Advice needed for dance performance photography


sinny

New Member
Dec 25, 2009
120
0
0
#1
Hi everybody!

Just need a little advice regarding this event that I've been invited to photograph. Would appreciate any help here.

Basically it's a dress rehearsal for a dance performance held in a studio. I have yet to check out the venue so I have no clue regarding the set-up of the stage. I will be granted full access to backstage and will have room to roam about. Given that it's a salsa dance performance, movements will be very fast and dramatic? Should I be renting a faster prime lens (like the 85mm/1.4 or 50mm/1.4) for the performance? (as i fear ending up with shaky shots due to low lighting) or will be current set-up of nikon D5000/tamron 90mm(2.8)/tamron 17-50(2.8) be sufficient in the shoot?

Also, what is the best camera settings for such conditions? manual focusing on shutter mode? I'm a bit paranoid now.

Could use a little help here!:dunno:
 

Dream Merchant

Moderator
Staff member
Jan 11, 2007
9,660
6
38
#2
It depends largely on the lighting set-up and levels.

Try to find out as much as you can about it before hand. I'm not familiar with the body you're using, but blazing fast AF with tenacious tracking is usually required.

Try to seek permission to go to/shoot at rehearsals as well. That might give you a chance to familiarize yourself with the dance routines.

Yes, Salsa will be very fast, relatively speaking ... have a look:

[vid]63jlr-_EHZY&feature=related[/vid]
http://www.youtube.com/watch?v=63jlr-_EHZY&feature=related
 

Reportage

Senior Member
Nov 24, 2008
5,785
2
0
#3
First, watch the first rehearsal and look out for key movements (can also ask the choreographer.)

Using the gear you currently have, see if there is any range that you need eg got one dancer who is a tiny figure in front of the 90mm but full size if you had a 300mm lens and so on.

During the Full dress rehearsal, get the shots you need as you will not have much mobility during the actual performance. Because Flash usually not allowed in most actual day performances.

Understand the flow of action on performance day so that you can be backstage on time for all the "festivities".

Bring batteries and lots of memory cards because unless you know what you are looking for, shoot everything.

Alternatively, can get a second photographer who`s willing to do the job for around the same price as rental equipment.;)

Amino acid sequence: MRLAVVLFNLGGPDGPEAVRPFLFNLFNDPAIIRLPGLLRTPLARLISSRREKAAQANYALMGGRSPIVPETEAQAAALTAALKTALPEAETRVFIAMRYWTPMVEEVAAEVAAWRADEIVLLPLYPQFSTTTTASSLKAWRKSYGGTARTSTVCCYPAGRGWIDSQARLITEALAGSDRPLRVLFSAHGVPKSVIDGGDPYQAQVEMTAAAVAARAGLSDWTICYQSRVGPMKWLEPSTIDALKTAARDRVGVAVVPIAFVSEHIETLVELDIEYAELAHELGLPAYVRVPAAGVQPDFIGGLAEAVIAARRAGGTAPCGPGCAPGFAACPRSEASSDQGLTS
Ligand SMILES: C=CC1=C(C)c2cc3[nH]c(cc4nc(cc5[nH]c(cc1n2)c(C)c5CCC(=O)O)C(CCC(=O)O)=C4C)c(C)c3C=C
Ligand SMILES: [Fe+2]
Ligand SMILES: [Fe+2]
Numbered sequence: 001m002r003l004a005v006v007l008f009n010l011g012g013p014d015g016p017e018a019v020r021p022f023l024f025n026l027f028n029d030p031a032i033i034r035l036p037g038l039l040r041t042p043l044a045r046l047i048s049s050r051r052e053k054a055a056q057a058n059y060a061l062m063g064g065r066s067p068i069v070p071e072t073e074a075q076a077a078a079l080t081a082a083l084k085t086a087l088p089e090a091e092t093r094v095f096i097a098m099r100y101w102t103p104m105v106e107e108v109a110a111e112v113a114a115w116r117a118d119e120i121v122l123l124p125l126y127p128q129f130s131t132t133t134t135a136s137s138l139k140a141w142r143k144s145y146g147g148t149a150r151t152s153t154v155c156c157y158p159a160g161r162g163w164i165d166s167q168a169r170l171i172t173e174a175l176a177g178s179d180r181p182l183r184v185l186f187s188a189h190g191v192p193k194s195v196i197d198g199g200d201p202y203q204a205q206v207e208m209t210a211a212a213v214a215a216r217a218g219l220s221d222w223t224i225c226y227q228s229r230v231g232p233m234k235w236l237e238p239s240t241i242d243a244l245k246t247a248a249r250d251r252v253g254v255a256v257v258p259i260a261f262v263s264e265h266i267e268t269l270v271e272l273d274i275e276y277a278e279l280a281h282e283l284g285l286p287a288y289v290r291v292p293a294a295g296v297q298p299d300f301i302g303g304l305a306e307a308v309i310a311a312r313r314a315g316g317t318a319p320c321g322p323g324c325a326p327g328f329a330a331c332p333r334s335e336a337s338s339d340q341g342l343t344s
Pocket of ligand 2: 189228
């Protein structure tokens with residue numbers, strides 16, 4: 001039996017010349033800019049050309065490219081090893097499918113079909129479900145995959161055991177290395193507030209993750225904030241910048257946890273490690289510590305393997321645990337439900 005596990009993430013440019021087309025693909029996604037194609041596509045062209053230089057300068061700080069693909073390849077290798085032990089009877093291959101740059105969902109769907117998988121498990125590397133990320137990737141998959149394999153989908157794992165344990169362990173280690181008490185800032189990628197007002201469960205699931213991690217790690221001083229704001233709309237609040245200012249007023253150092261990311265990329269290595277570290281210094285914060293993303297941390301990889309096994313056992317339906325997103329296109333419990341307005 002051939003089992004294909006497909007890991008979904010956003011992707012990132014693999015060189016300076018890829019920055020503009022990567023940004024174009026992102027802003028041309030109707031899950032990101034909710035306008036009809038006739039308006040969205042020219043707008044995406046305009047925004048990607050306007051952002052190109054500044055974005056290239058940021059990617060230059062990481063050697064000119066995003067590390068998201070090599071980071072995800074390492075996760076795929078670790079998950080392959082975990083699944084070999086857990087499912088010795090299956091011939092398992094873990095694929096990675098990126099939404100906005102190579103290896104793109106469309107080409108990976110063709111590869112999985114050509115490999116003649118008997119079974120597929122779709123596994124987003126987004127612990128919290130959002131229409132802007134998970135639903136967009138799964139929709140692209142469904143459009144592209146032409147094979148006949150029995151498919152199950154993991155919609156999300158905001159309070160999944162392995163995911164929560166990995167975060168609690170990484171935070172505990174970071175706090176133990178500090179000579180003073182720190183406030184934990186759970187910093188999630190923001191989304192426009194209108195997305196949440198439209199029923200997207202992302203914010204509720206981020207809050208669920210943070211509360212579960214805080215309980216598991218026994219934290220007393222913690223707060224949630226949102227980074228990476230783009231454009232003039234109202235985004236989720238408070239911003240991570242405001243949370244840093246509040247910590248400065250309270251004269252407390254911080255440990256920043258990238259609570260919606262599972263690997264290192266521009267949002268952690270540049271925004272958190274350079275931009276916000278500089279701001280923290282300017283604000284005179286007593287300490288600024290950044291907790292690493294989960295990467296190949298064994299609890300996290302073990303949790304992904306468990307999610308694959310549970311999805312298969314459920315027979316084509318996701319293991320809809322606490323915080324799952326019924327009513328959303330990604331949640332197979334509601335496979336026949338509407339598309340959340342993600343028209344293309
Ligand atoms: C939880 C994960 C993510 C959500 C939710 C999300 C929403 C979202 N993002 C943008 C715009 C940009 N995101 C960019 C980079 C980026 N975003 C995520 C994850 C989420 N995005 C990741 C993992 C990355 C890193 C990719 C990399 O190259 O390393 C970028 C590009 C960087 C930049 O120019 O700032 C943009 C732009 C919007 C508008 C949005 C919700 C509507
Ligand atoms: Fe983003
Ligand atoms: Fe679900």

Last edited:

sinny

New Member
Dec 25, 2009
120
0
0
#4
It depends largely on the lighting set-up and levels.

Try to find out as much as you can about it before hand. I'm not familiar with the body you're using, but blazing fast AF with tenacious tracking is usually required.

Try to seek permission to go to/shoot at rehearsals as well. That might give you a chance to familiarize yourself with the dance routines.

Yes, Salsa will be very fast, relatively speaking ... have a look:

[vid]63jlr-_EHZY&feature=related[/vid]
http://www.youtube.com/watch?v=63jlr-_EHZY&feature=related
OMG.. thats a lot of spinning to deal with. Yes, I have to agree with you about the tracking as well. Thanks for the advice. Would probably go down a tad earlier for the practise sessions to familiarise myself with the routine. Thank you very much!;)
 

sinny

New Member
Dec 25, 2009
120
0
0
#6
First, watch the first rehearsal and look out for key movements (can also ask the choreographer.)

Using the gear you currently have, see if there is any range that you need eg got one dancer who is a tiny figure in front of the 90mm but full size if you had a 300mm lens and so on.

During the Full dress rehearsal, get the shots you need as you will not have much mobility during the actual performance. Because Flash usually not allowed in most actual day performances.

Understand the flow of action on performance day so that you can be backstage on time for all the "festivities".

Bring batteries and lots of memory cards because unless you know what you are looking for, shoot everything.

Alternatively, can get a second photographer who`s willing to do the job for around the same price as rental equipment.;)
Thanks for your advice and tips sir! I think you're right about understanding the flow of action so that I'll be better prepared for the actual day and know where best to position myself to capture the best shots of the dancers.
 

sinny

New Member
Dec 25, 2009
120
0
0
#7